“There’s also a gift of being present with someone,” Meyer concludes. “Listen, communicate and understand the other person. If you sit down and are distracted by ag magazines, for example, you’re with each other but you’re not present with each other. The conversation isn’t one in which you listen to or understand each other.”
Avoid keeping secrets and work cows together
Ag economist Ron Hanson, Ph.D., also counsels ag families online (Passing on the Farm). He encourages couples to find time for each other, balancing their ranching operation and family. “They recognize and appreciate contributions each other provides to the marriage and the operation,” Hanson observes.
Hanson gives this advice to avoid personal issues in the marriage: “Always be open and truthful with each other. Transparency in any relationship is the best policy. When you have a marriage with secrets or a partner keeps intentions private, that destroys trust and respect. When there are secrets and someone is not truthful, the other person wonders, ‘What else did you do without telling me? If I didn’t find out about this, what else didn’t I discover?’ This causes suspicions and doubts within a relationship. When a couple loses respect and trust, communication quickly ceases, and arguments are right around the corner.”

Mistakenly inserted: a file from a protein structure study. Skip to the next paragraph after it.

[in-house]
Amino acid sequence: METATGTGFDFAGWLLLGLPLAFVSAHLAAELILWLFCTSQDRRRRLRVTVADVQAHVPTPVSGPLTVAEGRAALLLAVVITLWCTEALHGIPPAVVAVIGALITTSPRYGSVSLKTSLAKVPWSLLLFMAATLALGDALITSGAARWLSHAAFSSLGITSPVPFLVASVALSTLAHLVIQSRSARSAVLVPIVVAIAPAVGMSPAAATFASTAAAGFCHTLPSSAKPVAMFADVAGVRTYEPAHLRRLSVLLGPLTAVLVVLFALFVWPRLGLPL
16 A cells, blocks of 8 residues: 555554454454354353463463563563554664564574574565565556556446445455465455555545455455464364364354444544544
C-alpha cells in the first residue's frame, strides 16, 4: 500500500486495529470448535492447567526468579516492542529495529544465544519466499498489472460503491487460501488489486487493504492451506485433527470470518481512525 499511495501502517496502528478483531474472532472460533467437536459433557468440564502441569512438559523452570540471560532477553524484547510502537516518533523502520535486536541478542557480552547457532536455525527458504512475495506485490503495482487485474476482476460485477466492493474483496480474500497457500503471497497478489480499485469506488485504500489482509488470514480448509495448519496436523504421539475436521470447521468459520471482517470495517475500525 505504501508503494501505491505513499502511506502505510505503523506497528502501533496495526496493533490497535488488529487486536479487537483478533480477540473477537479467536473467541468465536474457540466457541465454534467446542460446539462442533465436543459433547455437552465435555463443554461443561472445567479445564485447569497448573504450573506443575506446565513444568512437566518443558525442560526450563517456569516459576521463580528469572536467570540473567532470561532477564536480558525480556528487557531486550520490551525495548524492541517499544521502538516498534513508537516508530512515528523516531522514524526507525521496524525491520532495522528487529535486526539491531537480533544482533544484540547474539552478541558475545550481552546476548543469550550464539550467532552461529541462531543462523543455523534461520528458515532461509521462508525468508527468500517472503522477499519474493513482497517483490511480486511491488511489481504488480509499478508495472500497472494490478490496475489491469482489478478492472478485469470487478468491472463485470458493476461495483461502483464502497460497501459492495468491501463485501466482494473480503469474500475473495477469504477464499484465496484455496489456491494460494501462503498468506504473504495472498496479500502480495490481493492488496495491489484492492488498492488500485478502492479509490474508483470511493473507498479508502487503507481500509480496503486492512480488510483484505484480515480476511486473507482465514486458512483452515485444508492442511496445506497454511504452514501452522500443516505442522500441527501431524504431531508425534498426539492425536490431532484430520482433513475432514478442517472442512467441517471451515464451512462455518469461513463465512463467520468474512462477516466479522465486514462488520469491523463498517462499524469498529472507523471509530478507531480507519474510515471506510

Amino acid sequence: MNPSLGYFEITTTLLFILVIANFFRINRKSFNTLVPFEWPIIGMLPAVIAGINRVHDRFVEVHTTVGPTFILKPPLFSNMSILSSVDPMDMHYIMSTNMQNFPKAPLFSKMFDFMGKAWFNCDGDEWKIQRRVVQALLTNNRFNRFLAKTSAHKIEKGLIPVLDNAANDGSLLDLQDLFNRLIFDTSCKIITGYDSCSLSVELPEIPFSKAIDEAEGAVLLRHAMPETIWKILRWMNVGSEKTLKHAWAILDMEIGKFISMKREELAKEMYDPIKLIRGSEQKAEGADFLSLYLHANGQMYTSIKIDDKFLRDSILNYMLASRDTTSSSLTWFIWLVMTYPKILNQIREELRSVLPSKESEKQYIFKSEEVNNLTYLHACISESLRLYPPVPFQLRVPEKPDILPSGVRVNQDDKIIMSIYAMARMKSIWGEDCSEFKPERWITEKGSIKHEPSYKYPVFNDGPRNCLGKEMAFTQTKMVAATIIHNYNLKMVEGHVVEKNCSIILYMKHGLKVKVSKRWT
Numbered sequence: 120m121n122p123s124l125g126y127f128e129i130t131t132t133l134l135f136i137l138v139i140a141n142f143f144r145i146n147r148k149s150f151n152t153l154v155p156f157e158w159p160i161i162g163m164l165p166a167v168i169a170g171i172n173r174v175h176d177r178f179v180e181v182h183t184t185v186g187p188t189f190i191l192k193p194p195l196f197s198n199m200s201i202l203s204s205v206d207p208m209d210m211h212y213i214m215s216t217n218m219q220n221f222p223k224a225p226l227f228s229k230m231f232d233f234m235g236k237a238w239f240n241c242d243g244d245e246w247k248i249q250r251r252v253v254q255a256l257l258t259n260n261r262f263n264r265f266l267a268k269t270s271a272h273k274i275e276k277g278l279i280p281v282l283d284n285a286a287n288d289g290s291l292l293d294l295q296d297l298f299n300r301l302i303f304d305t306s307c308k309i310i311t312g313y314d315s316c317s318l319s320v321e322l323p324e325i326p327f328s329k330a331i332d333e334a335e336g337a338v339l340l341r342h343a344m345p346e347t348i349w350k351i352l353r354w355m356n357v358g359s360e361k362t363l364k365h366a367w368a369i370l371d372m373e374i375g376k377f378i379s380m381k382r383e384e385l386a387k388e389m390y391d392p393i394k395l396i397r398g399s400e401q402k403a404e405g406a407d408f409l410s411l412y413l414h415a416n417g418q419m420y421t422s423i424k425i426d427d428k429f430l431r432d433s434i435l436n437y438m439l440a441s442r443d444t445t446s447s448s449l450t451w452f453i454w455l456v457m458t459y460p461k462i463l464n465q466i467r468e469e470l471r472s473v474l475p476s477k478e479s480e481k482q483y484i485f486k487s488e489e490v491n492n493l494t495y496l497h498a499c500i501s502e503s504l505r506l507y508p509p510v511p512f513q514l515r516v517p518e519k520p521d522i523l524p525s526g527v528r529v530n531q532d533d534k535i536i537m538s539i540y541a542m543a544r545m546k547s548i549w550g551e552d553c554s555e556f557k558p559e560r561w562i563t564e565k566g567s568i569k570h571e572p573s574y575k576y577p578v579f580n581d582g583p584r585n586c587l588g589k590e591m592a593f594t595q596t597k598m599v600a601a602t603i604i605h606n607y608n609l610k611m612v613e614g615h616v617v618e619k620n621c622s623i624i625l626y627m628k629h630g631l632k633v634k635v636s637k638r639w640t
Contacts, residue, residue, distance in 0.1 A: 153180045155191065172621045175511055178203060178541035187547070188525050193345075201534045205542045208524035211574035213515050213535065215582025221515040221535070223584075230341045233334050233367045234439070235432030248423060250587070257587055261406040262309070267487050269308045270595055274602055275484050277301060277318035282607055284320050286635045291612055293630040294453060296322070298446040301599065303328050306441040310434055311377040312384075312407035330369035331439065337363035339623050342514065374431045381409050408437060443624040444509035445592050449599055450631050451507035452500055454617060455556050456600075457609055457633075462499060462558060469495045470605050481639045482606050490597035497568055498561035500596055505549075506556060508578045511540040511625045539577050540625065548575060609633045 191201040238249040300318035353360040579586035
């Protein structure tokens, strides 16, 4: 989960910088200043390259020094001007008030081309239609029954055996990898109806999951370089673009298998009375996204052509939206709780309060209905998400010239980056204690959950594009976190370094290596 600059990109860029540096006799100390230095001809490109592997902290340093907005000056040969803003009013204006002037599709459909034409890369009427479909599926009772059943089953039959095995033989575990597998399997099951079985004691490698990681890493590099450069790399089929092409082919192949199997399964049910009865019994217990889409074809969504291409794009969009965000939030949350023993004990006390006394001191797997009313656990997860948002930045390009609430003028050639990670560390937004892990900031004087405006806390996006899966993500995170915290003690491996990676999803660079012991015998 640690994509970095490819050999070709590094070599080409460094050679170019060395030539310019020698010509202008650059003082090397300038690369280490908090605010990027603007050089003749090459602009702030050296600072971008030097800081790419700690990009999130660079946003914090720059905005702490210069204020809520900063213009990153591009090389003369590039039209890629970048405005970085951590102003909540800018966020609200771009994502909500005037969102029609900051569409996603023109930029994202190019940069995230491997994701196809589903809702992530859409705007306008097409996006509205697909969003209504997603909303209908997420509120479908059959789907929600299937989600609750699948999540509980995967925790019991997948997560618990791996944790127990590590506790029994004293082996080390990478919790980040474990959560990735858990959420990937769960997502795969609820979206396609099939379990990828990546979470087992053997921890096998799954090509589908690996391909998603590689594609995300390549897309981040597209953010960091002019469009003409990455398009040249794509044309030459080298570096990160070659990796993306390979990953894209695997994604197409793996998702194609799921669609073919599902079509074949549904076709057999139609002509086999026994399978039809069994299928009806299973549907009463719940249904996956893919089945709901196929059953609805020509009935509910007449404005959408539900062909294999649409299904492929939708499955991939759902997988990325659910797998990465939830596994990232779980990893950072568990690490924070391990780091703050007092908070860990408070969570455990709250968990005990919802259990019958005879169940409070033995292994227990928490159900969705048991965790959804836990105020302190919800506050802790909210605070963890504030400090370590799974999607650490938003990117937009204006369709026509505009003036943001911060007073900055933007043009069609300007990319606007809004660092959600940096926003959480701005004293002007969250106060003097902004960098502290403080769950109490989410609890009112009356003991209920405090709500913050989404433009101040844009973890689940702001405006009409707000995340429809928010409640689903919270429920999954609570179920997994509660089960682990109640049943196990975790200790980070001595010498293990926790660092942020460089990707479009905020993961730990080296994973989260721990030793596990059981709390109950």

Hanson reports the best way to test the strength of a ranch marriage is for the husband and wife to work cows together. If a couple works cows together, then walks back to the house smiling, they have a very strong marriage. “The key is keeping things in perspective,” Hanson observes. “The trick to a solid relationship is having disagreements without being disagreeable.”
To view this article online, visit Progressive Cattle.com
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Gilda V. Bryant is a freelancer based in Amarillo, Texas.